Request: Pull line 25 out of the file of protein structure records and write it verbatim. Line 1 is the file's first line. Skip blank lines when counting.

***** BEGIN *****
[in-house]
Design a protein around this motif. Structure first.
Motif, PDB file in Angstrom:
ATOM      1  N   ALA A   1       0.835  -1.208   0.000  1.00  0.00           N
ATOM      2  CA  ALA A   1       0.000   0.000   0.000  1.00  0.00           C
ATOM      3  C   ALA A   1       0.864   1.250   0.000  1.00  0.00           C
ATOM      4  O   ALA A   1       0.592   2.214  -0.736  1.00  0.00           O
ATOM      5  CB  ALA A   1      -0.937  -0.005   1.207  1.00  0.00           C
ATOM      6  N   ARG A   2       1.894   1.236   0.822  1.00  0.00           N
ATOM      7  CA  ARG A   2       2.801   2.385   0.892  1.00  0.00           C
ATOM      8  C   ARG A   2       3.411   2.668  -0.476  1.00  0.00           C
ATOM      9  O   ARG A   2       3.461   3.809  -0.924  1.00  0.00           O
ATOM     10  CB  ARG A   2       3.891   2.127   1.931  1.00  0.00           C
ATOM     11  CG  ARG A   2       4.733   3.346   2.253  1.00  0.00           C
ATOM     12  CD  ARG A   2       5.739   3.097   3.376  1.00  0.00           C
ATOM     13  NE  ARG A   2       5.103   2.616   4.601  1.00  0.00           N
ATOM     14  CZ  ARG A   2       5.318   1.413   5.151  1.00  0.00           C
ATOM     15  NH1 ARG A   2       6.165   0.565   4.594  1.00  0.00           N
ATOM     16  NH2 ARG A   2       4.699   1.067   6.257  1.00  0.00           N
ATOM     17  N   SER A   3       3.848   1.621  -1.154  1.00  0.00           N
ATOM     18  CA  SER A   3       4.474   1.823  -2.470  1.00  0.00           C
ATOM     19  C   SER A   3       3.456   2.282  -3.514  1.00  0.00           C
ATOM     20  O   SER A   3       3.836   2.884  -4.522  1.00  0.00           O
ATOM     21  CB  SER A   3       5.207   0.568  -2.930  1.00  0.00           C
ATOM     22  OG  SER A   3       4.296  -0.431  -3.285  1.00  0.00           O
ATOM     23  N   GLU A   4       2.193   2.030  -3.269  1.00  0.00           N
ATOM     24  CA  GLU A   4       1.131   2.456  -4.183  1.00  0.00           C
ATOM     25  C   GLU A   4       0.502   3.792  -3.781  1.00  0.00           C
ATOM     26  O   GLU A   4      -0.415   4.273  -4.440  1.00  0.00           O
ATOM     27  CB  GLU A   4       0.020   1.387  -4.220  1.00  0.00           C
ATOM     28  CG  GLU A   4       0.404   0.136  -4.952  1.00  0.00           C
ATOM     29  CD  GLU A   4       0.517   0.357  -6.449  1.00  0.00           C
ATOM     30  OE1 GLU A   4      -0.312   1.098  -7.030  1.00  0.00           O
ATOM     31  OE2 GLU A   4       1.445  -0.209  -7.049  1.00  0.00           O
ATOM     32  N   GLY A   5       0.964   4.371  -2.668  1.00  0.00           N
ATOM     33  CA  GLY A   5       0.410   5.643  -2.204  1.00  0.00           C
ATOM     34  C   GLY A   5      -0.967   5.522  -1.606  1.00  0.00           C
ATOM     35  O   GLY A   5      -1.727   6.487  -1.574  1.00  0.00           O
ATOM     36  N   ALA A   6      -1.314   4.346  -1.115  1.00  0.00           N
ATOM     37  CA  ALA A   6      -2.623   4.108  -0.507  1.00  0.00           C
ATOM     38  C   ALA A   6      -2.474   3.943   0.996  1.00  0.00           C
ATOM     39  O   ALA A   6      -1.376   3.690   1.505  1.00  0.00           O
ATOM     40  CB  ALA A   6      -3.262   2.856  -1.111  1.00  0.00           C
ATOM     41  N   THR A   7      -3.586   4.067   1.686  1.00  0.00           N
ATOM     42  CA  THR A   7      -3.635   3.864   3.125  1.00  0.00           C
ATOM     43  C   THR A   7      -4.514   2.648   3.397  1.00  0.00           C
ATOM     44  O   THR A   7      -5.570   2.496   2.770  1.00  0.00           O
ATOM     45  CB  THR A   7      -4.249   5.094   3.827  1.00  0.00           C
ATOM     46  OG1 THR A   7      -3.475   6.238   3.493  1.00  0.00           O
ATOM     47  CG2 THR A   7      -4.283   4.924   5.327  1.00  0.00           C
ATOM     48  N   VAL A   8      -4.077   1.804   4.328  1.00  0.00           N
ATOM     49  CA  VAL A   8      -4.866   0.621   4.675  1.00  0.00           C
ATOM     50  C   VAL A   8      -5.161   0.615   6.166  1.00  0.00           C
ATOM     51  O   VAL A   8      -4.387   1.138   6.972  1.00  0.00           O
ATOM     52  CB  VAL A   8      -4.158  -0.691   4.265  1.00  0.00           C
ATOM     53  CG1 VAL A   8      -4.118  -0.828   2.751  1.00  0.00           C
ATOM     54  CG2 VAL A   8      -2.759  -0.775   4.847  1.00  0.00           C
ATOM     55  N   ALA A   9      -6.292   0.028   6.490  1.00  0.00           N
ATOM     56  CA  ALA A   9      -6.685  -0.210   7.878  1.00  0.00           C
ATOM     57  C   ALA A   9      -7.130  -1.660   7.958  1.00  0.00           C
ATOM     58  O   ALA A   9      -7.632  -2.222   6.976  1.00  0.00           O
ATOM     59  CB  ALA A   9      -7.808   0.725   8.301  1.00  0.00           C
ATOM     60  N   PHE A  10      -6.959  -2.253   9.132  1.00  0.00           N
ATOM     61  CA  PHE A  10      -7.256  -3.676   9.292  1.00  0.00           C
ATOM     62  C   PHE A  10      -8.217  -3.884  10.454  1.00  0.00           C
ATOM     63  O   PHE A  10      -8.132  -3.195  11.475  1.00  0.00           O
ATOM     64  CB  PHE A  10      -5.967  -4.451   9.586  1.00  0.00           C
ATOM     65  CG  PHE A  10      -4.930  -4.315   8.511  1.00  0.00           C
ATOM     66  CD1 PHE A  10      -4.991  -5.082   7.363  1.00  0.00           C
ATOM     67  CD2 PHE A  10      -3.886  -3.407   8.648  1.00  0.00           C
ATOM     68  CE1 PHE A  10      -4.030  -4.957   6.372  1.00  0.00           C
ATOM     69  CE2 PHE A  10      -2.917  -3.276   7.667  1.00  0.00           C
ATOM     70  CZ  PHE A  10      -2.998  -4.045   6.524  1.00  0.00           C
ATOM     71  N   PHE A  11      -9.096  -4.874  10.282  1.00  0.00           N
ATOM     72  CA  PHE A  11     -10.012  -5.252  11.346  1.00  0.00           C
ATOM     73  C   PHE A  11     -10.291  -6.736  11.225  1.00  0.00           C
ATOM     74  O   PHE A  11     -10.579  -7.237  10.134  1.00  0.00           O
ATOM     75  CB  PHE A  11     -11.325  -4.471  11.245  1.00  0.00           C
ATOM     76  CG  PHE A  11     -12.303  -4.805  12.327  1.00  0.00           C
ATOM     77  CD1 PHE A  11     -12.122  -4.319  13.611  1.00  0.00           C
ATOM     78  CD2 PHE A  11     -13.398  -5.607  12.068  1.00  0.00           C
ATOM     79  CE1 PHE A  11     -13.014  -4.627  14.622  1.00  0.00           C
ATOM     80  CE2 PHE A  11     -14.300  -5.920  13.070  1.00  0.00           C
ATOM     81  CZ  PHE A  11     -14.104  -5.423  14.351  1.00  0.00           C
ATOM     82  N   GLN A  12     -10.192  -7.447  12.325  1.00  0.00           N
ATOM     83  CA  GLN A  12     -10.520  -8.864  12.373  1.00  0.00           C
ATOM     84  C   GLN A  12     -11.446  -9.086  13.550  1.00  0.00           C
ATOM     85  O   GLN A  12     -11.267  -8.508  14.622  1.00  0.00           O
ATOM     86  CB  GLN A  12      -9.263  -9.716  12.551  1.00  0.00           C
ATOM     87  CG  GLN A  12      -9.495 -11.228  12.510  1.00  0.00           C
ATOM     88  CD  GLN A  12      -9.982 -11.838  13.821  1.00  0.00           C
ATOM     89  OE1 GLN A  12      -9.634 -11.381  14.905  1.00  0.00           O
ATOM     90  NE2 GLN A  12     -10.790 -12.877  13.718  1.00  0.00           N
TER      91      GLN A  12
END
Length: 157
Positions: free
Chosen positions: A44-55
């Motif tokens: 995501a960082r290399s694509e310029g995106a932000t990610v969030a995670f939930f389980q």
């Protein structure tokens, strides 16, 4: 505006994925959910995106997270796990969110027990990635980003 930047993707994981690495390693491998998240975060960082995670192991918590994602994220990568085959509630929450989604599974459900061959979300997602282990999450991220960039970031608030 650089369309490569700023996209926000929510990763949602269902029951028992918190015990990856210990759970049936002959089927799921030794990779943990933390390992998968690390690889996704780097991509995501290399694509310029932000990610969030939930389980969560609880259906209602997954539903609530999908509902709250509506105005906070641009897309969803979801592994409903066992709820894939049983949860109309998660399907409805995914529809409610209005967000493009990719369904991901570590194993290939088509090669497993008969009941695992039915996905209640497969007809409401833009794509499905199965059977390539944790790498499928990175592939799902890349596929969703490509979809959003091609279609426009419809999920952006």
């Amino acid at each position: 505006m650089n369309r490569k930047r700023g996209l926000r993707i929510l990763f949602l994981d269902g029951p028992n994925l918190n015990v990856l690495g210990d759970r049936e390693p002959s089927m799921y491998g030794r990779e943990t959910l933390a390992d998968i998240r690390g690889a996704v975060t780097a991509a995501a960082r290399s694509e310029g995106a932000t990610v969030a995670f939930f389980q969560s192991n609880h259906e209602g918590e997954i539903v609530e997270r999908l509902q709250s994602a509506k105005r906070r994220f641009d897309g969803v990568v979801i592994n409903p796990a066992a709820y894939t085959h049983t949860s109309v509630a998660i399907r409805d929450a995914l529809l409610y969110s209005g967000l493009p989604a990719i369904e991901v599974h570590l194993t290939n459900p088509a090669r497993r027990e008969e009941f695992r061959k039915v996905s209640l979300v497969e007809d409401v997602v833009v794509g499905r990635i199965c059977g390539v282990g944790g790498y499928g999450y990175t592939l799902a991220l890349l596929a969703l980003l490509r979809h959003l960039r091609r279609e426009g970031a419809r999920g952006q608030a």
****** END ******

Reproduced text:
ATOM     22  OG  SER A   3       4.296  -0.431  -3.285  1.00  0.00           O